Keywords: older women, pelvic organ prolapse, constrictive surgical procedures, urinary incontinence

Introduction

Pelvic organ prolapse (POP) is a major health issue for women, affecting quality-of-life and requiring costly surgery.1,2 POP is an age-related disorder, and the prevalence increases as a population ages. Women who attain the age of 80 years have a greater than 10% risk of requiring surgery to treat POP.3 Treatment of genital prolapse in elderly women is challenging and almost always depends on the medical condition and sexual activity level of the patient. Although pessaries are offered as first-line therapy to such patients,4,5 surgery may be indicated for patients who have failed or do not desire the lifelong use of a pessary.

Various surgical techniques using laparotomy, laparoscopy, and vaginal surgery, including colporrhaphy (with or without mesh placement), sacrospinous ligament fixation (SSLF), abdominal sacrocolpopexy (ASC), high sacrouterine ligament fixation, prolapse kit placement, colpocleisis, and constricting surgical procedures, have been utilized. These procedures differ in terms of both success and complication rates. ASC has an 80%–85% long-term success rate, while SSLF has a 70%–75% long-term success rate.6,7 Prolapse kits (Gynecare Prolift®; Ethicon, Inc., Somerville, NJ, USA) have a success rate of 96.5%.8 However, all procedures may cause major complications, such as bladder injury, hemorrhage, wound dehiscence, rectal injury, and postoperative vault infection. ASC has disadvantages, including a long operative time, a long recovery time, possible injury to pelvic structures, hemorrhage, and ileus. SSLF is a technically challenging approach – the surgical site is deep and narrow. SSLF also has disadvantages, including the possibilities of hemorrhage, infection, and nerve damage. Prolift kits can have adverse events, such as bladder injury and mesh erosion.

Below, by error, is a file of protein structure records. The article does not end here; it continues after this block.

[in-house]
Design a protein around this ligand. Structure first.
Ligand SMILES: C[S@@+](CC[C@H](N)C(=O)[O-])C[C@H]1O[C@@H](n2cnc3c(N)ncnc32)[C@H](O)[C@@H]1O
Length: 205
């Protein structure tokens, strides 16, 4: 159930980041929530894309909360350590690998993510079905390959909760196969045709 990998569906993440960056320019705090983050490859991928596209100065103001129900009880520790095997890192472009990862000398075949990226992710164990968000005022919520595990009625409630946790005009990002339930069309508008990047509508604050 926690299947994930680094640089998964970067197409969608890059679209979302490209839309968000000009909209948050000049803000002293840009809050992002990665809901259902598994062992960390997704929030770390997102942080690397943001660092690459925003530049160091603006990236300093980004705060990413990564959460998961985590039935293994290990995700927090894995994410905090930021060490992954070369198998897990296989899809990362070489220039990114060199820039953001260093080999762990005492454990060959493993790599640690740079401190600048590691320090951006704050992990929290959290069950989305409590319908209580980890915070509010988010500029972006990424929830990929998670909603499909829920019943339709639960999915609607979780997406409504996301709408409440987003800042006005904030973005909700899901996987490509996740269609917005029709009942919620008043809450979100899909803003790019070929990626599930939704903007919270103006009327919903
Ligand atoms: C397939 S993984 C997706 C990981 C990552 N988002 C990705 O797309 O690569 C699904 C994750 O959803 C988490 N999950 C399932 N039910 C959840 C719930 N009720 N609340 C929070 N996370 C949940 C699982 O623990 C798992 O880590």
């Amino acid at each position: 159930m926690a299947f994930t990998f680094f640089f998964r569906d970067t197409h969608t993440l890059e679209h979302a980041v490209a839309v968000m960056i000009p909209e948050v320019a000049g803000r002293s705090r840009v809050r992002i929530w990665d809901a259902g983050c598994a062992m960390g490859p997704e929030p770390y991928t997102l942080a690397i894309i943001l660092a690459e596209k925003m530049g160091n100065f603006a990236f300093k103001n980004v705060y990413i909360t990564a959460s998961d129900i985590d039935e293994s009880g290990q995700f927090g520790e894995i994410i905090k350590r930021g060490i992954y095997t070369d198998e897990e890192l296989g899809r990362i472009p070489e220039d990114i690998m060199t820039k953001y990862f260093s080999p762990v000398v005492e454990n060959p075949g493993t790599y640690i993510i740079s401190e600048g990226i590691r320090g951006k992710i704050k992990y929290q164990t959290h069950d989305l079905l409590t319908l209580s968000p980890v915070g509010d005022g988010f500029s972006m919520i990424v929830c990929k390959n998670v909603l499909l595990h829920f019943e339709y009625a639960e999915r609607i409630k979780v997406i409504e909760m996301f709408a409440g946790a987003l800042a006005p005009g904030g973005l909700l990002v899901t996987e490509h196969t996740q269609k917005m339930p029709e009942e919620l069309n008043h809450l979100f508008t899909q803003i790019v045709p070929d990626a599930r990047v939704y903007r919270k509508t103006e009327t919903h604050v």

On the other hand, obliterative and constrictive surgical procedures have lower levels of complications, a low risk of perioperative morbidity, and an extremely low risk of prolapse recurrence. Patients who are not interested in a functional vagina because they are not sexually active and have no desire to be so active in the future, are the best candidates for obliterative or constrictive vaginal surgery. Various techniques have been described, but LeFort colpocleisis is the preferred procedure for obliterative surgery.911 Although colpocleisis with uterine preservation is effective, drawbacks are apparent. First, it precludes future evaluation of the cervix and uterus. Other drawbacks include late vaginal bleeding, ureteric occlusion or injury as a result of kinking in the distal ureter, a risk of gynecological cancer, vaginal discharge, and an uncomfortable feeling of fullness in the vagina.12,13 Constricting surgical procedures are alternatives avoiding these drawbacks. The goal is to narrow the vaginal tube to close the defect.